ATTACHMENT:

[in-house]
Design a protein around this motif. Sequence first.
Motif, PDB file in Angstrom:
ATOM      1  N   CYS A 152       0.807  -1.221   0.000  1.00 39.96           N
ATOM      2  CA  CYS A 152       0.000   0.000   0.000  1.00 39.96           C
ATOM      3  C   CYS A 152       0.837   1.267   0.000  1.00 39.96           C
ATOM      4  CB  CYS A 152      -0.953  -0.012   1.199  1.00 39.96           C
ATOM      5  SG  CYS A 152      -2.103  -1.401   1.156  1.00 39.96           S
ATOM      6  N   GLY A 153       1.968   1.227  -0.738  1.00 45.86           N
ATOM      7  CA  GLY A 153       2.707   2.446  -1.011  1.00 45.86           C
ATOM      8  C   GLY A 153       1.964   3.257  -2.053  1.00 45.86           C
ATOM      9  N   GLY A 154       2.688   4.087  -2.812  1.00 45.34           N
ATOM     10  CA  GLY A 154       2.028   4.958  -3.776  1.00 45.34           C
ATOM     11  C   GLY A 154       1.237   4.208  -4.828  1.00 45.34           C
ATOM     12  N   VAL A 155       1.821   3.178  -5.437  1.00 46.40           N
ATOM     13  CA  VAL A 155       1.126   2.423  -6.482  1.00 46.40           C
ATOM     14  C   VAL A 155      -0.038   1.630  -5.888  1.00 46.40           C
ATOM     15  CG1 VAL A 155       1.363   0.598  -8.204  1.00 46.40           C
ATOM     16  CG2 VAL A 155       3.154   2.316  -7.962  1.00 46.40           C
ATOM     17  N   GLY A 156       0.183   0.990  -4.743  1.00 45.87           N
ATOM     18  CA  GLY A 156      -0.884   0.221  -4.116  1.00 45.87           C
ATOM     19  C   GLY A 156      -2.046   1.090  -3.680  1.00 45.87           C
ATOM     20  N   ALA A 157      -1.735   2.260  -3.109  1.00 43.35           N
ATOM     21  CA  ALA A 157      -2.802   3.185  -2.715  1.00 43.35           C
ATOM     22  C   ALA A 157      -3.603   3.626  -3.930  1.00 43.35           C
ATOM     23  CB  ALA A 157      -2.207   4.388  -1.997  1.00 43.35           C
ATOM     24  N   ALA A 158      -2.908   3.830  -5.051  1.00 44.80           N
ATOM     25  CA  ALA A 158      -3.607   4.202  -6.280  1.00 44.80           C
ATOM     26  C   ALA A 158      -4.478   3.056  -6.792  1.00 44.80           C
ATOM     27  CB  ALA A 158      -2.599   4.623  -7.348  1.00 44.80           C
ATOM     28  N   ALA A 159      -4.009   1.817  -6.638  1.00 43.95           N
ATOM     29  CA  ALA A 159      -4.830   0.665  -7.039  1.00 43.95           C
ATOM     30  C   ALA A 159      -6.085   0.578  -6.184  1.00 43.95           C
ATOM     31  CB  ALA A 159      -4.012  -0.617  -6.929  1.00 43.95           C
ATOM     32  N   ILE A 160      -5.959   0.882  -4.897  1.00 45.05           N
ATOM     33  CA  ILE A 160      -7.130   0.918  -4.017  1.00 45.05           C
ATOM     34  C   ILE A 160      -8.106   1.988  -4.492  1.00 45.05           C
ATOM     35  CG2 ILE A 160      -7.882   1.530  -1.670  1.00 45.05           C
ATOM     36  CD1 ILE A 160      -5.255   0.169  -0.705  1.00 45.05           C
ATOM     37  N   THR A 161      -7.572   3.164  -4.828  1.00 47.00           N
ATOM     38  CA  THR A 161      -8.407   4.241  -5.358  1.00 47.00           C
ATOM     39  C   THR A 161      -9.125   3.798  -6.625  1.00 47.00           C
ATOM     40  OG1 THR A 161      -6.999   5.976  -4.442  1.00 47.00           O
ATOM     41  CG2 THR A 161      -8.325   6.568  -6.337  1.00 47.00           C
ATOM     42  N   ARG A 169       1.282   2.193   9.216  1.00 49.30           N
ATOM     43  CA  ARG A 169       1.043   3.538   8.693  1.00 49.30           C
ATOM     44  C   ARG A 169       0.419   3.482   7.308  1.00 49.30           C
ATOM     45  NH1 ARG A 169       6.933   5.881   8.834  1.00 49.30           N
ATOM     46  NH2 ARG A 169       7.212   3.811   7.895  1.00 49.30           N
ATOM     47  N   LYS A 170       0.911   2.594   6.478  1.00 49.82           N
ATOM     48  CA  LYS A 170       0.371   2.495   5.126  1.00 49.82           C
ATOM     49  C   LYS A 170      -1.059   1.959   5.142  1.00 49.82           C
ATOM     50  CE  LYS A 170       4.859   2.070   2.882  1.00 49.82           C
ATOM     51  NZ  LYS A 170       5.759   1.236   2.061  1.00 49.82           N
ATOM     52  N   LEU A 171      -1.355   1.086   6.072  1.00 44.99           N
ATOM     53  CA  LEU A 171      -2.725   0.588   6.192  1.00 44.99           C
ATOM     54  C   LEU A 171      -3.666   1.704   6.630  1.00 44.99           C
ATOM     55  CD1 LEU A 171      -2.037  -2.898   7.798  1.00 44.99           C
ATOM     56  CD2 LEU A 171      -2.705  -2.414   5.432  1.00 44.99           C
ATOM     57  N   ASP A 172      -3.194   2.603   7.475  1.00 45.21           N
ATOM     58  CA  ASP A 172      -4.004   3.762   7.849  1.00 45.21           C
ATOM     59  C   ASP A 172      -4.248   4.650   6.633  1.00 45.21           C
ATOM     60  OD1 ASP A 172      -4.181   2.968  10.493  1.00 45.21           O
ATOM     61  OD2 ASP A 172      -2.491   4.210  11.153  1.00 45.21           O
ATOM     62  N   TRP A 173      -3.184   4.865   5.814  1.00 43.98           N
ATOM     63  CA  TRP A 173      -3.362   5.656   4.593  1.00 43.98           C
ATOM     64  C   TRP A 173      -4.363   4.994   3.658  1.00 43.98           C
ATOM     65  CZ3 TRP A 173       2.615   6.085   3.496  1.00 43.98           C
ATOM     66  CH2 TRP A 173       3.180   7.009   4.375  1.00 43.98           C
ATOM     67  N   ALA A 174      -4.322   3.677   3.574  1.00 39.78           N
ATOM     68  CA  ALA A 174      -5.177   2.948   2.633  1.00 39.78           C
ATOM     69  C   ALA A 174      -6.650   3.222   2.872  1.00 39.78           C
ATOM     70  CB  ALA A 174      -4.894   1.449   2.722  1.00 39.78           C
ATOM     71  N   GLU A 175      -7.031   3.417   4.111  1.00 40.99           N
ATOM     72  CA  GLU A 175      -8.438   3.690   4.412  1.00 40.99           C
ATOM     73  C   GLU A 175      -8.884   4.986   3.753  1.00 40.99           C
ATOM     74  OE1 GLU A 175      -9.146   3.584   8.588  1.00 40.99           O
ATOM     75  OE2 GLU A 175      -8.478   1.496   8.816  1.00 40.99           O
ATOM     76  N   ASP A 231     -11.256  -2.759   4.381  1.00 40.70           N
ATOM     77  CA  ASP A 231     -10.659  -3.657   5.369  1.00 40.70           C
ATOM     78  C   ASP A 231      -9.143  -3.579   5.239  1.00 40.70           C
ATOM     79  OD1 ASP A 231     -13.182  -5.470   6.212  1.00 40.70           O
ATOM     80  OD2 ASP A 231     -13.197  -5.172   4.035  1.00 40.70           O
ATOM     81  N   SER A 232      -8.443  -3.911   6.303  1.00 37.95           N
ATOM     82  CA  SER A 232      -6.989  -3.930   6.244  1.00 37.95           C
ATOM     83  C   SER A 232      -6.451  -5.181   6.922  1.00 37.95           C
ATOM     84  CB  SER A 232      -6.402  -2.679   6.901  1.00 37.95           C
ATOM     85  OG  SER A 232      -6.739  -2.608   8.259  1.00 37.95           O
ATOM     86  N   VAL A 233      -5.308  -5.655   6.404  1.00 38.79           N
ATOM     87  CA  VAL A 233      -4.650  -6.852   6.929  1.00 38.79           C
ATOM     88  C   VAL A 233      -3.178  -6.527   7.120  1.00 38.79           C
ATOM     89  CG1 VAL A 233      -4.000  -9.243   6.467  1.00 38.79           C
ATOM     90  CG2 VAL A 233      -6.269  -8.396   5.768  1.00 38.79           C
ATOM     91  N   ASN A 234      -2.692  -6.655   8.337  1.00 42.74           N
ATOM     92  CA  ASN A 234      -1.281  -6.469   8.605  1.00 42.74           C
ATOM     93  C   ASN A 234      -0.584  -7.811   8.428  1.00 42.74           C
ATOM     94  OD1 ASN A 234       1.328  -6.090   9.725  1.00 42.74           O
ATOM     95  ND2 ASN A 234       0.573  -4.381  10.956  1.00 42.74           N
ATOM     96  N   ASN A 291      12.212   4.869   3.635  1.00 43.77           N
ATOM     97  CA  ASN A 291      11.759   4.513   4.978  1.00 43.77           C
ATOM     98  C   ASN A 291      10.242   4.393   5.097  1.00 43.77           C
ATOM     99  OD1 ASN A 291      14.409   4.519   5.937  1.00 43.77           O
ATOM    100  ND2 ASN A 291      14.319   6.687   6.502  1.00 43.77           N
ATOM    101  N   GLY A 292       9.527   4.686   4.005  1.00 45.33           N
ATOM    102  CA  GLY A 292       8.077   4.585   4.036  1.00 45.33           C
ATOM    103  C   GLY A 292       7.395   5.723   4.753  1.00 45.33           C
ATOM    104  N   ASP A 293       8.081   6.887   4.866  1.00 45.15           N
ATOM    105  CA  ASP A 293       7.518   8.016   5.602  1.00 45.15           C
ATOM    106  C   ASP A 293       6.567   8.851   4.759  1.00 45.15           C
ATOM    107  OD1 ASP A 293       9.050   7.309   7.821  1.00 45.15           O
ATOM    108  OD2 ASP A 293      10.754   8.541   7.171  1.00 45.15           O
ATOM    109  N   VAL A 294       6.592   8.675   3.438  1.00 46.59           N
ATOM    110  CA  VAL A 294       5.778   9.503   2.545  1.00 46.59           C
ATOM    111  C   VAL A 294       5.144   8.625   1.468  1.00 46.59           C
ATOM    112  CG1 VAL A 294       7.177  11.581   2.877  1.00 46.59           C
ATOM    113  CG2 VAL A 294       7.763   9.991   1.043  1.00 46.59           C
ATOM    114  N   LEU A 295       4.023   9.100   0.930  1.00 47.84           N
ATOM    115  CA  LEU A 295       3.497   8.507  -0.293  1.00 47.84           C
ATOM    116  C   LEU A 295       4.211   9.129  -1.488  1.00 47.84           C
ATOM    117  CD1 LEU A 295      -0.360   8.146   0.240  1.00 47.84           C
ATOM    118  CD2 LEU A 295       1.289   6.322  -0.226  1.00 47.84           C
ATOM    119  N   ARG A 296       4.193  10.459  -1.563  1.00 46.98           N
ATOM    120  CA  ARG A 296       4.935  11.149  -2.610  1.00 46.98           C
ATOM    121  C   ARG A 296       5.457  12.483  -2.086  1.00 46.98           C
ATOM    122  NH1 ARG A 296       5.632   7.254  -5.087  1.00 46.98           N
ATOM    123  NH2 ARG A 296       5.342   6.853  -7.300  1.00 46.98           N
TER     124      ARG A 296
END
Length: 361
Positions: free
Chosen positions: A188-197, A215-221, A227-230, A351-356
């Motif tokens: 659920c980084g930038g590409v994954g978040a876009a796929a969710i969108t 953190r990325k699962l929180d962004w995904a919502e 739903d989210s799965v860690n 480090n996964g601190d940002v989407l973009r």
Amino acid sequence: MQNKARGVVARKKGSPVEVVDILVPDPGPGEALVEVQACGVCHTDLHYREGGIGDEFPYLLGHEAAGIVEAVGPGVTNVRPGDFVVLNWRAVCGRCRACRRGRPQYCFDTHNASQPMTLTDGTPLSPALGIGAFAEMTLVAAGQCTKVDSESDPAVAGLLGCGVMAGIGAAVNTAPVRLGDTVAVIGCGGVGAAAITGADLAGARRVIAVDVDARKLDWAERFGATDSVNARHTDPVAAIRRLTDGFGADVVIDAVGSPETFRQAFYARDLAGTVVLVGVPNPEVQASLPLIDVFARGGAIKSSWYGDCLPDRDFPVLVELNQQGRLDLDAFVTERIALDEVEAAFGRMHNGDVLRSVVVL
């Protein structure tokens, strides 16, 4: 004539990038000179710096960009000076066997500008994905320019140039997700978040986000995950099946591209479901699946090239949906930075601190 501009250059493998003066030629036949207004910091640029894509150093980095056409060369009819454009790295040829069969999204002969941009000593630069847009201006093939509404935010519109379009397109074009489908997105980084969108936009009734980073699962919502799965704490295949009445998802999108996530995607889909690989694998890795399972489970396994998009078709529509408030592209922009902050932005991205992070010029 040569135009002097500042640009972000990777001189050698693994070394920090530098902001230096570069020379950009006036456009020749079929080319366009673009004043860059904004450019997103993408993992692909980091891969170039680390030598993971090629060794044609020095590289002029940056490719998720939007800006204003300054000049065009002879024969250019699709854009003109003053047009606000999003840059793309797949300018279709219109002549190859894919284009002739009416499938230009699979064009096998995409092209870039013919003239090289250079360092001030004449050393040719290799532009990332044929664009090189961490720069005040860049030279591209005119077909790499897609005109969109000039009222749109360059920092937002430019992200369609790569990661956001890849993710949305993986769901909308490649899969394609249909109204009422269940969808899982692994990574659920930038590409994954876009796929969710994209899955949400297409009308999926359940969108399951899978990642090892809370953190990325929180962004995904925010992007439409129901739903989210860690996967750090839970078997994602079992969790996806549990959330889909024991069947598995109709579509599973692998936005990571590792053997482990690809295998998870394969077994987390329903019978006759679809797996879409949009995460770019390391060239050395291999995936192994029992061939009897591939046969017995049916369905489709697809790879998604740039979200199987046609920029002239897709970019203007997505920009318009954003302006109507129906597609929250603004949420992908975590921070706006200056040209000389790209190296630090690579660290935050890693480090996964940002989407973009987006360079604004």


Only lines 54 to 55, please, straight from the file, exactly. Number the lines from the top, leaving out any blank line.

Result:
ATOM     51  NZ  LYS A 170       5.759   1.236   2.061  1.00 49.82           N
ATOM     52  N   LEU A 171      -1.355   1.086   6.072  1.00 44.99           N